11 Umbricht, Fernandez & Ortagus (2015) Degrees, diversity, & admissions 2003-12  Null, more selective, less diverse
12 Kelchen & Stedrak (2016) Revenues, expenditures, & financial aid 2003-12  More merit aid, less Pell aid
Source: Compiled by author from the studies listed in note 17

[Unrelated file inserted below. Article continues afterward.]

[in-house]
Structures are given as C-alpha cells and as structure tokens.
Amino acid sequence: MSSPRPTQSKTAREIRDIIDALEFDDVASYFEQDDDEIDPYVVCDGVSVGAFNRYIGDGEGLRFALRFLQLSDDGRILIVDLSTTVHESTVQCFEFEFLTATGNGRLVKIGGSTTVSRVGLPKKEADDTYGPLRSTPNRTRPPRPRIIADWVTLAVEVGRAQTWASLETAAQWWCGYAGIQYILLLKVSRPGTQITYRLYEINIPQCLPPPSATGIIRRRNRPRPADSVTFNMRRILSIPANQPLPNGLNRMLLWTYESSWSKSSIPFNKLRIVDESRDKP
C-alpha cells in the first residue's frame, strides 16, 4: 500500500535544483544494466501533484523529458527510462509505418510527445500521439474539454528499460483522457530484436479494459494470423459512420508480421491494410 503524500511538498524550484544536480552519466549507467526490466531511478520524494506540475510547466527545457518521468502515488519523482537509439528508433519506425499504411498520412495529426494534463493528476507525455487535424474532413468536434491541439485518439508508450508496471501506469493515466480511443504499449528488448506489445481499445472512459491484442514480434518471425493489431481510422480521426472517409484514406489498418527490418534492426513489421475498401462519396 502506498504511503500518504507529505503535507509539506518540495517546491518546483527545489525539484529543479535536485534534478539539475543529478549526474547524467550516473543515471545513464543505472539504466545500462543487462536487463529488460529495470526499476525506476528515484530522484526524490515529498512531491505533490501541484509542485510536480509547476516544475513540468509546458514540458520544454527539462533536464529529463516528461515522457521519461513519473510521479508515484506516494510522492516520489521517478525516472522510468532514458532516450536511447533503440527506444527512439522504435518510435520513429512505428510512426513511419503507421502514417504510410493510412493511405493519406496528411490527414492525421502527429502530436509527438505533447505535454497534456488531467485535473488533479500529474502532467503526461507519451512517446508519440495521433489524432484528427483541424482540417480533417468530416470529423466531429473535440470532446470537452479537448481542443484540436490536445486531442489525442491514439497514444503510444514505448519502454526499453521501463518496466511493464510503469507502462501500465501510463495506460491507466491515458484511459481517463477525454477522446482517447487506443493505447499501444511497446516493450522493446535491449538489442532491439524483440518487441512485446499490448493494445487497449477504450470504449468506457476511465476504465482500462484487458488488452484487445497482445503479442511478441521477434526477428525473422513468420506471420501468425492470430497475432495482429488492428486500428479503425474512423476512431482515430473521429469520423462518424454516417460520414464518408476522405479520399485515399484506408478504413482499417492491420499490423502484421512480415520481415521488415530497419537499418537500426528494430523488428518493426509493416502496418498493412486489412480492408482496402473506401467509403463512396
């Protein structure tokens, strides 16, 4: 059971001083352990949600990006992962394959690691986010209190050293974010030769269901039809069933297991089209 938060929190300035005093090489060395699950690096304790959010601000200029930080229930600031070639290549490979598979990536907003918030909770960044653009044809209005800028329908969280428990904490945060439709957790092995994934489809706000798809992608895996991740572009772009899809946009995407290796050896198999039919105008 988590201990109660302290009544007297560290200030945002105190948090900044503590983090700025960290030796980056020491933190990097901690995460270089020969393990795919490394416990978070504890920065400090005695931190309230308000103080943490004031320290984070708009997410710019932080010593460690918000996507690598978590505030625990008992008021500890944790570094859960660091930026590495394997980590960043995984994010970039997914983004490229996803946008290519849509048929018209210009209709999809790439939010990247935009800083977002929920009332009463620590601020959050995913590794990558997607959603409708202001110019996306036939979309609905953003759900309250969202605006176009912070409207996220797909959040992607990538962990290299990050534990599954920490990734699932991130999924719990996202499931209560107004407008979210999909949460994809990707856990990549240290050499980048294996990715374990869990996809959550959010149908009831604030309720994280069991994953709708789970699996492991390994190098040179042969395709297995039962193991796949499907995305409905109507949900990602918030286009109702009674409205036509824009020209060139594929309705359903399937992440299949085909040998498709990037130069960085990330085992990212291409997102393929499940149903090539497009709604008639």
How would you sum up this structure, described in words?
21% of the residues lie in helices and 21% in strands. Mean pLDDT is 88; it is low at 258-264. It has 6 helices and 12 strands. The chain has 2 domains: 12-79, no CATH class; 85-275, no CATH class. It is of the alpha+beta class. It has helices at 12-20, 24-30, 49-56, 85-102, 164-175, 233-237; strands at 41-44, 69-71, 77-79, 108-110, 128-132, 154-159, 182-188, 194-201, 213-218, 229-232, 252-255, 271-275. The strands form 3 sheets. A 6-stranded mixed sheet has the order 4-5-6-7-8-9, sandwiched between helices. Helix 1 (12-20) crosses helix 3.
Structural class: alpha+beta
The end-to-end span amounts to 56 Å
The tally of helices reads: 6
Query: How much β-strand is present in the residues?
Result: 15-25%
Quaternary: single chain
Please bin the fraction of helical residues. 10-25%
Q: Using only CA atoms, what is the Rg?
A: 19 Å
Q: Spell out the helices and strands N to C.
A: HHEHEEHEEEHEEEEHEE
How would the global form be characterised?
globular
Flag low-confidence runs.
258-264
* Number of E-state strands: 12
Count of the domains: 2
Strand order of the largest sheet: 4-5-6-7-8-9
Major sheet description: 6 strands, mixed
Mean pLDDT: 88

Across this body of research, the weight of evidence suggests states using performance-based funding do not out-perform other states—results are more often than not statistically significant. The most instructive findings come from case studies of Indiana, Pennsylvania, Tennessee, and Washington, all of which based their policies on the seven principles identified by advocates. In Indiana, universities have become more selective and less diverse while also not improving degree production. In Pennsylvania, universities did not produce more degrees even after operating under performance-based funding for nearly a decade. After Tennessee increased the financial incentives and redesigned its policy, universities did not improve their graduation or retention rates. And in Washington, the state’s community colleges responded not by producing more associate’s degrees but by increasing short-term certificates. Despite each state having goals related to improving college completions, their performance-based funding policies have not yet achieved the desired results.